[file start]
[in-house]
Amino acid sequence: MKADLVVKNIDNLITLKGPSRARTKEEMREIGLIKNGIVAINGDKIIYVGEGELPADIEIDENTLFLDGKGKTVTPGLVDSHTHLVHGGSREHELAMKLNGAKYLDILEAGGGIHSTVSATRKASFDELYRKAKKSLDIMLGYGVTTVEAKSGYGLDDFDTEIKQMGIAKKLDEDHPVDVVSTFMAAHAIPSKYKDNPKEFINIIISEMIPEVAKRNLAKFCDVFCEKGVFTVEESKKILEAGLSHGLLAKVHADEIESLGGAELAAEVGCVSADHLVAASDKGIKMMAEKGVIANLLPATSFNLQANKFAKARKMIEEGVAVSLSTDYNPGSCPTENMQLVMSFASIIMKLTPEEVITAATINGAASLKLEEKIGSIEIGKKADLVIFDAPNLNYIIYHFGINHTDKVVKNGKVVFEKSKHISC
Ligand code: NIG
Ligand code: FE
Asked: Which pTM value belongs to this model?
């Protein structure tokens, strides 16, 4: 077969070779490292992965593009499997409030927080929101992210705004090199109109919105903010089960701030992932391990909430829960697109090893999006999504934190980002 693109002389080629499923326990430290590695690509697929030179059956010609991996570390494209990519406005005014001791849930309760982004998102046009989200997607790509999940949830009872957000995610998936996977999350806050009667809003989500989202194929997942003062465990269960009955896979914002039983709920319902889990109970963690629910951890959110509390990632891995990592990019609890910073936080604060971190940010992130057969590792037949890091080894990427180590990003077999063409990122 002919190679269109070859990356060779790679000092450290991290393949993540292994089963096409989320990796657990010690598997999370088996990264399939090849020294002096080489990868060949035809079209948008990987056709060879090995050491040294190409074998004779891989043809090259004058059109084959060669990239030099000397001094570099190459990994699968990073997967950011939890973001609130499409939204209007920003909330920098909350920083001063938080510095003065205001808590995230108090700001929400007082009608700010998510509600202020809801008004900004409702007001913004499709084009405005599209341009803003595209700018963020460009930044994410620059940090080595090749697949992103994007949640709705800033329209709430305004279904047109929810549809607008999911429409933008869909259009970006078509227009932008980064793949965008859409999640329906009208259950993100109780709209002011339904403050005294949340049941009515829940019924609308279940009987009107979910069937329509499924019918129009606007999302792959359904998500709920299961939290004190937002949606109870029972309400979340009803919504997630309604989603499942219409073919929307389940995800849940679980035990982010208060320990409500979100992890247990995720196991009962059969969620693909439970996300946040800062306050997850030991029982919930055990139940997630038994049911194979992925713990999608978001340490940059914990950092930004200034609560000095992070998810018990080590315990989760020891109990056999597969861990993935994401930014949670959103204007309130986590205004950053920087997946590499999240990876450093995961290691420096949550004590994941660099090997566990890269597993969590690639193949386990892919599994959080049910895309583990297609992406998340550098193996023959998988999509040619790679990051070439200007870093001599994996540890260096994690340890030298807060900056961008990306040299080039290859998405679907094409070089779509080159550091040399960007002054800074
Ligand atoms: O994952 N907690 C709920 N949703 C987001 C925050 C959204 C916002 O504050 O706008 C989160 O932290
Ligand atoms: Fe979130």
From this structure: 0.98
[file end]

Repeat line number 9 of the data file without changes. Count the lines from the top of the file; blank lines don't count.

From this structure: 0.98